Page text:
Greece’s exchange of sovereign bonds held by private sector creditors is another step towards the resumption of regular bond issuance, Fitch Ratings says. Efforts to re-establish full market access would be bolstered by continued compliance with Greece’s bail-out programme and the prospect of official sector debt relief, both of which are assumed in Fitch’s sovereign rating assessment.
Holders of 20 different bonds with an aggregate principal amount of around EUR25 billion, issued as part of Greece’s 2012 debt restructuring, have agreed to swap them for five new benchmark issues. The participation rate of close to 86% suggests the exchange will achieve its aim of improving liquidity in Greek sovereign bonds, supporting future market access. The “Financial Times” reported on Friday that Greece hopes to raise at least EUR6 billion in 1H18 through new bond issues with maturities of between three and ten years.
The Greek sovereign returned to the capital markets in July after an absence of three years, placing a new benchmark EUR3 billion five-year bond with a yield of 4.625%, and smoothing its maturity profile (around half the proceeds were swapped for bonds due in 2019). A sustainable return to market funding would be positive for Greece’s sovereign creditworthiness. We think both Greece and its official sector creditors will aim for a “clean” exit from the EUR86 billion European Stability Mechanism (ESM) programme in August 2018, which we think would not entail a precautionary credit line.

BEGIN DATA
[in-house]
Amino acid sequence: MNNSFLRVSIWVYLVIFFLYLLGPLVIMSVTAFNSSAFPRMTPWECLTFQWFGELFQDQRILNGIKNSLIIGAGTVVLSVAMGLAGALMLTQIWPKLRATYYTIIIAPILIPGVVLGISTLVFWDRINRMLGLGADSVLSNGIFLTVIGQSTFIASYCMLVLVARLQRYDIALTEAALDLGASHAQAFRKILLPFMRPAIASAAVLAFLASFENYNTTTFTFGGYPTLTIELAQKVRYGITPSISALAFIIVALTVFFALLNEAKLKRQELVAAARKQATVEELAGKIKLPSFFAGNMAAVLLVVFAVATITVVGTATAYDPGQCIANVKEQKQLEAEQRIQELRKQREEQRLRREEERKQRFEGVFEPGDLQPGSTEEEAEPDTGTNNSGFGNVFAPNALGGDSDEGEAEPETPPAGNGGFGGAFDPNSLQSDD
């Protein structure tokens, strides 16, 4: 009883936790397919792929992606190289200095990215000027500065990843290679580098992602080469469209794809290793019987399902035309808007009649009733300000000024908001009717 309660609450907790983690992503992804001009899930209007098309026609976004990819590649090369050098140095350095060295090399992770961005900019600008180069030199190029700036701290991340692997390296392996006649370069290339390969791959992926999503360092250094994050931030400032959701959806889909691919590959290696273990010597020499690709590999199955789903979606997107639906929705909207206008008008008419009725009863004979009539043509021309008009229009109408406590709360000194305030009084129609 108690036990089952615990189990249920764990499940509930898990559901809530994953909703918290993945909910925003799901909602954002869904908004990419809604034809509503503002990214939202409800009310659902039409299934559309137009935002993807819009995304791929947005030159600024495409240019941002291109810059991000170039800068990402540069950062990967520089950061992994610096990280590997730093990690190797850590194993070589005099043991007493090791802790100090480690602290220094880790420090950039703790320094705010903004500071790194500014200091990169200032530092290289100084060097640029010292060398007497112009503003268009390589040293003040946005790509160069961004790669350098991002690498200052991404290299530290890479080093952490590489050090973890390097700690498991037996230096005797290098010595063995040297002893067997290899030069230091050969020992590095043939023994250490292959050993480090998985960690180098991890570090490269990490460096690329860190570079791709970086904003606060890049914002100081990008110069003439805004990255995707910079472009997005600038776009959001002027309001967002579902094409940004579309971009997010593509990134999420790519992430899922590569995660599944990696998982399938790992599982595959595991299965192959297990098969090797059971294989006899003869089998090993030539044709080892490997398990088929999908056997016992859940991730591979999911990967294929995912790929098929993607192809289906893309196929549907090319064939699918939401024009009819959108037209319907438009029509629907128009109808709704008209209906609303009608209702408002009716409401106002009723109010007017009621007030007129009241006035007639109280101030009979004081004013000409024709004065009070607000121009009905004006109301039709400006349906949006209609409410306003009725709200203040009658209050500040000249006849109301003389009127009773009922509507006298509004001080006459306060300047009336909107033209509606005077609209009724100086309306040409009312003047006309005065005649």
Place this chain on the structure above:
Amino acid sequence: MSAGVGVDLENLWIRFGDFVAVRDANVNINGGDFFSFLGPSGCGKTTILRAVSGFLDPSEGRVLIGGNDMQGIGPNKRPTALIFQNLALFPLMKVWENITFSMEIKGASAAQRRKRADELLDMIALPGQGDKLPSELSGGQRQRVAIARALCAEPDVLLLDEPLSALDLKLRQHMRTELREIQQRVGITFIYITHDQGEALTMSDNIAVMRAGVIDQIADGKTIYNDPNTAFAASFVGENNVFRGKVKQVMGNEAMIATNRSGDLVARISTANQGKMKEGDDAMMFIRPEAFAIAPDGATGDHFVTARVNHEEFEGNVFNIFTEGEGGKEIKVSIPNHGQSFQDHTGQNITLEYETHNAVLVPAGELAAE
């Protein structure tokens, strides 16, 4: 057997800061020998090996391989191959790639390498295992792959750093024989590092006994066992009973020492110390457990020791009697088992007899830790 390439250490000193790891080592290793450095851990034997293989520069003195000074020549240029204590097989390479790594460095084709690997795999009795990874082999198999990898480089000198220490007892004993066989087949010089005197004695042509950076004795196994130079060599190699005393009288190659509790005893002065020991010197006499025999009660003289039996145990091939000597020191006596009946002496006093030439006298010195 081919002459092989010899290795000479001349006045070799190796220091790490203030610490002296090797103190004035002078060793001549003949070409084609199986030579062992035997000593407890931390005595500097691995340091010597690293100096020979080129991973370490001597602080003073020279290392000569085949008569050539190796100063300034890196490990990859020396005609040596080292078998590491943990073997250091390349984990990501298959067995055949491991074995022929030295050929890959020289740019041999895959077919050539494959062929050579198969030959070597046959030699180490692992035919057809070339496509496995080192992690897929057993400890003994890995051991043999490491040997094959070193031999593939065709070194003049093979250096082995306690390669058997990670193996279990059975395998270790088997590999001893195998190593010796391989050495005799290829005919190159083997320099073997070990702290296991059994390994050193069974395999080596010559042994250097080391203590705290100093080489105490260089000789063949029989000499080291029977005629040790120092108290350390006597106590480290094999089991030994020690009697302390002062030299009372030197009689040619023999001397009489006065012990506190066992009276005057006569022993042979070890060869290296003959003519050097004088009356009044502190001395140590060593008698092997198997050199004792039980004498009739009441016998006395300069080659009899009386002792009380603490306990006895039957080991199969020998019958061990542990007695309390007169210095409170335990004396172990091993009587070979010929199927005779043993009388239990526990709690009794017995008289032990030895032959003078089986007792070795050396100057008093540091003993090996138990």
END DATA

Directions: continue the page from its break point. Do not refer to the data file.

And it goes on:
Issuing market debt would enable Greece to further smooth its maturity profile and build a large deposit buffer before the end of the ESM programme. Market access may depend on whether expectations of official sector debt relief appear likely to be met (over two-thirds of the total economy’s external debt is held by official creditors). This depends on the completion of the third programme review.
On Saturday the Greek government reached a staff-level agreement with its official creditors on reforms supporting the review. If approved, the agreement could be ratified early next year. This supports our view (expressed in our August rating review) that the third review will be concluded without the level of political and economic instability generated by some previous ones. Political risks to programme compliance appear to have fallen, after the Greek government legislated for unpopular measures over the last two years (including fiscal measures for 2019-2020) without losing its parliamentary majority.
However, ideological and political resistance to implementation are still evident, and the high stock of public debt and volatile growth mean that complying with post-programme monitoring (which we think will be more intense than in Ireland or Portugal) may be challenging.
The Eurogroup in June confirmed its commitment to debt relief measures aimed at keeping gross financing needs below 15% of GDP in the medium term and 20% thereafter. It has also indicated that the link between debt relief and growth will be flexible and allow for the impact of unexpected economic shocks. This should support market confidence and post-programme market access.
We upgraded Greece’s sovereign rating to ‘B-‘ in August, reflecting our view that general government debt sustainability will steadily improve, underpinned by ESM programme compliance, reduced political risk, sustained GDP growth and additional fiscal measures. The Positive Outlook reflects our expectation that the third programme review will be smooth and the Eurogroup will grant substantial debt relief in 2018.
Source: Fitch Ratings